How's Your Credit?
The home buying process doesn't start with getting pre-approved for a loan or with choosing a real estate agent. The content of your wallet starts the home buying process. Without an acceptable FICO score, buying a house is more difficult and, you could end up renting longer than you expected in Shelton until your FICO score is acceptable.
A FICO score is a review of your years of credit history based on an instrument developed by Fair Isaac and Company. The score ranges from 300 to 850, with most people traditionally having a score of 650. Even though more people these days are experiencing job loss and delinquent credit cards, FICO scores aren't necessarily adjusted "on a curve." A low score is just that and often means you can't get credit. Some of the factors in summing up your FICO score are:
- Types of Credit — Do you have a healthy mix of loans and credit cards?
- Payment History — Do you pay your bills on time every month?
- Credit to Debt Ratio — How much do you owe versus your available credit?
- Credit Inquiries — Do you have too many open accounts?
When you pull your credit report, you'll see that you actually have three reports. Experian, Equifax and TransUnion — three of the major credit reporting agencies — use a slightly different models to determine your credit rating. FICO is used by Experian. Equifax's model is called BEACON and TransUnion uses EMPIRICA. You have a credit score with each of the bureaus.
Lenders want to be positive that allowing you a loan is a safe move. Your credit score gives lenders a view of what type of borrower you'll be based solely on your credit history. You'll need a score of at least 700 to get a satisfactory interest rate. You can qualify for a loan with a lower score, but the interest accrued over the life of the loan could be more than double the amount of someone with a superior credit score.
We're used to working with all tiers of credit scores. Contact us and we can help you get on the right track to the home of your dreams.
You want a stronger score, but how do you get there? Building your FICO score takes time. It can be difficult to make a large-scale change in your FICO score with quick fixes, but your score can improve in a year by keeping tabs your credit report and by using credit extended to you to raise your score, instead of ruin it. The best way to do this is to know your FICO score. Here are some methods to improve your credit score:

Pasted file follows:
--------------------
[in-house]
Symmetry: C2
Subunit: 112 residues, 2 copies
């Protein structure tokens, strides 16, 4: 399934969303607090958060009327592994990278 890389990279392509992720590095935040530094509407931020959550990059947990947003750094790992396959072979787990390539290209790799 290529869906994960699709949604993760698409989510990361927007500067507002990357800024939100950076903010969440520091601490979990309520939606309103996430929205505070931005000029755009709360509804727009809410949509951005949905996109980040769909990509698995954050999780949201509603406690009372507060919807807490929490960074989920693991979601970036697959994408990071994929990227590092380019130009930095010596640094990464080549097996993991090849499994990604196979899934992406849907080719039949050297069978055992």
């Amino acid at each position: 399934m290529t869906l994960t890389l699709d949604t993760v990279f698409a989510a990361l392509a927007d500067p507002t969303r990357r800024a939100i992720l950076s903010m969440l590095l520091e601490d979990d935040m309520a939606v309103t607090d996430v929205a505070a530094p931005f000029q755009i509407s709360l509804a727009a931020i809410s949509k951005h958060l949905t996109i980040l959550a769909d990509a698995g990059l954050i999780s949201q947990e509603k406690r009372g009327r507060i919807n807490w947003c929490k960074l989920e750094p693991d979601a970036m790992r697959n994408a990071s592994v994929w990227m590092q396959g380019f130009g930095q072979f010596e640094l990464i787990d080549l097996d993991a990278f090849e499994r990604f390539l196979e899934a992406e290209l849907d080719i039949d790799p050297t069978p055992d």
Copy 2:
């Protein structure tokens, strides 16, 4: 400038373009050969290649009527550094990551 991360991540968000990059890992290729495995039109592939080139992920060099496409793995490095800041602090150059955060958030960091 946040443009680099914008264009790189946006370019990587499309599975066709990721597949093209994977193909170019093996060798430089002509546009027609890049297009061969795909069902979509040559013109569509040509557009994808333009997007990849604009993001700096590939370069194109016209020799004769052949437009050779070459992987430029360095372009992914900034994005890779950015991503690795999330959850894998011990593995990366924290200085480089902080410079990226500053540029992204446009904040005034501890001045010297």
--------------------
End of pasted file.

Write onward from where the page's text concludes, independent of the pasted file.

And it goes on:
- Keep your cards active. Whether you have older cards, or are just getting started with credit, be sure to use your cards so that your accounts stay active. But, be sure to pay them off in one or two payments.
- Keep up with payments. Delinquent payments instantly lower your credit score. It's one of the reasons people who have recently experienced job loss see the biggest dip in their credit score. Yes, it takes longer to rebuild your credit this way, but it's the most reliable way to prove that you're responsible enough to make payments to a bank.
- Ensure that your credit history is correct. If you discover incorrect items on your credit report, contact the bureau asking that the item be removed. If you have a common name or the same name as a family member, you'll want to pay extra attention to make sure the activity reported is correct.
- Spread your debt around. At first, this doesn't seem like a good idea. But, you steer clear of having one card that is at the limit and have your remaining cards at a zero balance. It's better to have each of your cards at about 25% of their credit limit than to have the bulk of your debt transferred to a single card.
- Retail cards and gas cards. For those who have non-existent credit or below average credit, store credit cards and gas credit cards are ways to establish your credit history, increase your spending limits and keep up your payments, which will raise your credit. You must always beware of holding a high balance for too long because these types of cards traditionally have a surprising interest rate.
Now that you're better informed about credit reporting, you'll be able to successfully take the first step in owning a home, and that is improving your FICO score. Know that when it's time to apply for a loan to purchase a home, you'll want to keep your lender applications within a two-week window to avoid damaging your credit score. With the help of Shelton Land & Homes, LLC, the loan application process can be a stress-free experience so you, too, can achieve home ownership.
Learn more about FICO scores at myFICO.com, Fair Isaac's informational site and you can review all of your credit reports for free each year at annualcreditreport.com. And, for a small payment, you can get your FICO score from each bureau on their websites: equifax.com, experian.com and transunion.com.